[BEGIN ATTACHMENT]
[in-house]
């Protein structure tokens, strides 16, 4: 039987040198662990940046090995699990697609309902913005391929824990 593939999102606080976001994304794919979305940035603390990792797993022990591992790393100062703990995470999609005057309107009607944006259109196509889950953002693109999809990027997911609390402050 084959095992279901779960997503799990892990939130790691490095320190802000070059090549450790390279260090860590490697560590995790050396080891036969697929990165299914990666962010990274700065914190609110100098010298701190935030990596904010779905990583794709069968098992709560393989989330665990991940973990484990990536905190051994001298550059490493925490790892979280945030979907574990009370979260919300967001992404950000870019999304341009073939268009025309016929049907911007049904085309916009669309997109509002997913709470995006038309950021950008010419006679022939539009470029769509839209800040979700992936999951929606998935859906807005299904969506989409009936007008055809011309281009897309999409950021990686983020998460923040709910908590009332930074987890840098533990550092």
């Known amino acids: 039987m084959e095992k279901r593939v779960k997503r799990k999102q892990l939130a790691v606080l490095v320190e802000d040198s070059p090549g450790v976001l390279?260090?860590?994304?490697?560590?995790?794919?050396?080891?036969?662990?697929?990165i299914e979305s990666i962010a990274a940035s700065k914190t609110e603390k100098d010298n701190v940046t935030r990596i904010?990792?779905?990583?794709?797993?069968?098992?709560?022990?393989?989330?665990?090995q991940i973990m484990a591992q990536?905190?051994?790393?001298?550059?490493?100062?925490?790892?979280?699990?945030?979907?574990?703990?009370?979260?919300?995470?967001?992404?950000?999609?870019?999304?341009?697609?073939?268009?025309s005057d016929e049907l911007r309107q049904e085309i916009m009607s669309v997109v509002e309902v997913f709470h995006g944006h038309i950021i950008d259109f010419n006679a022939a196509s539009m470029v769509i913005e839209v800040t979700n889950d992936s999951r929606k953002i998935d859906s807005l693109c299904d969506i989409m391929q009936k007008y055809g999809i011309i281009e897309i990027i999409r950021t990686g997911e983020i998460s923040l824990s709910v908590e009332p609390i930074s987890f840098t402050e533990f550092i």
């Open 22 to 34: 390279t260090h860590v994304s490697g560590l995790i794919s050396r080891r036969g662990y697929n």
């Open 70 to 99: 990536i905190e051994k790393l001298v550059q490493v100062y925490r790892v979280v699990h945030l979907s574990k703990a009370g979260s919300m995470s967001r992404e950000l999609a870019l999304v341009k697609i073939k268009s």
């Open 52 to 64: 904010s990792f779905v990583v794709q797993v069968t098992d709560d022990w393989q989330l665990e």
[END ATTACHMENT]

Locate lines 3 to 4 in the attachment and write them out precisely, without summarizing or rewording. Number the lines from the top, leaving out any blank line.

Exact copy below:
């Known amino acids: 039987m084959e095992k279901r593939v779960k997503r799990k999102q892990l939130a790691v606080l490095v320190e802000d040198s070059p090549g450790v976001l390279?260090?860590?994304?490697?560590?995790?794919?050396?080891?036969?662990?697929?990165i299914e979305s990666i962010a990274a940035s700065k914190t609110e603390k100098d010298n701190v940046t935030r990596i904010?990792?779905?990583?794709?797993?069968?098992?709560?022990?393989?989330?665990?090995q991940i973990m484990a591992q990536?905190?051994?790393?001298?550059?490493?100062?925490?790892?979280?699990?945030?979907?574990?703990?009370?979260?919300?995470?967001?992404?950000?999609?870019?999304?341009?697609?073939?268009?025309s005057d016929e049907l911007r309107q049904e085309i916009m009607s669309v997109v509002e309902v997913f709470h995006g944006h038309i950021i950008d259109f010419n006679a022939a196509s539009m470029v769509i913005e839209v800040t979700n889950d992936s999951r929606k953002i998935d859906s807005l693109c299904d969506i989409m391929q009936k007008y055809g999809i011309i281009e897309i990027i999409r950021t990686g997911e983020i998460s923040l824990s709910v908590e009332p609390i930074s987890f840098t402050e533990f550092i």
């Open 22 to 34: 390279t260090h860590v994304s490697g560590l995790i794919s050396r080891r036969g662990y697929n």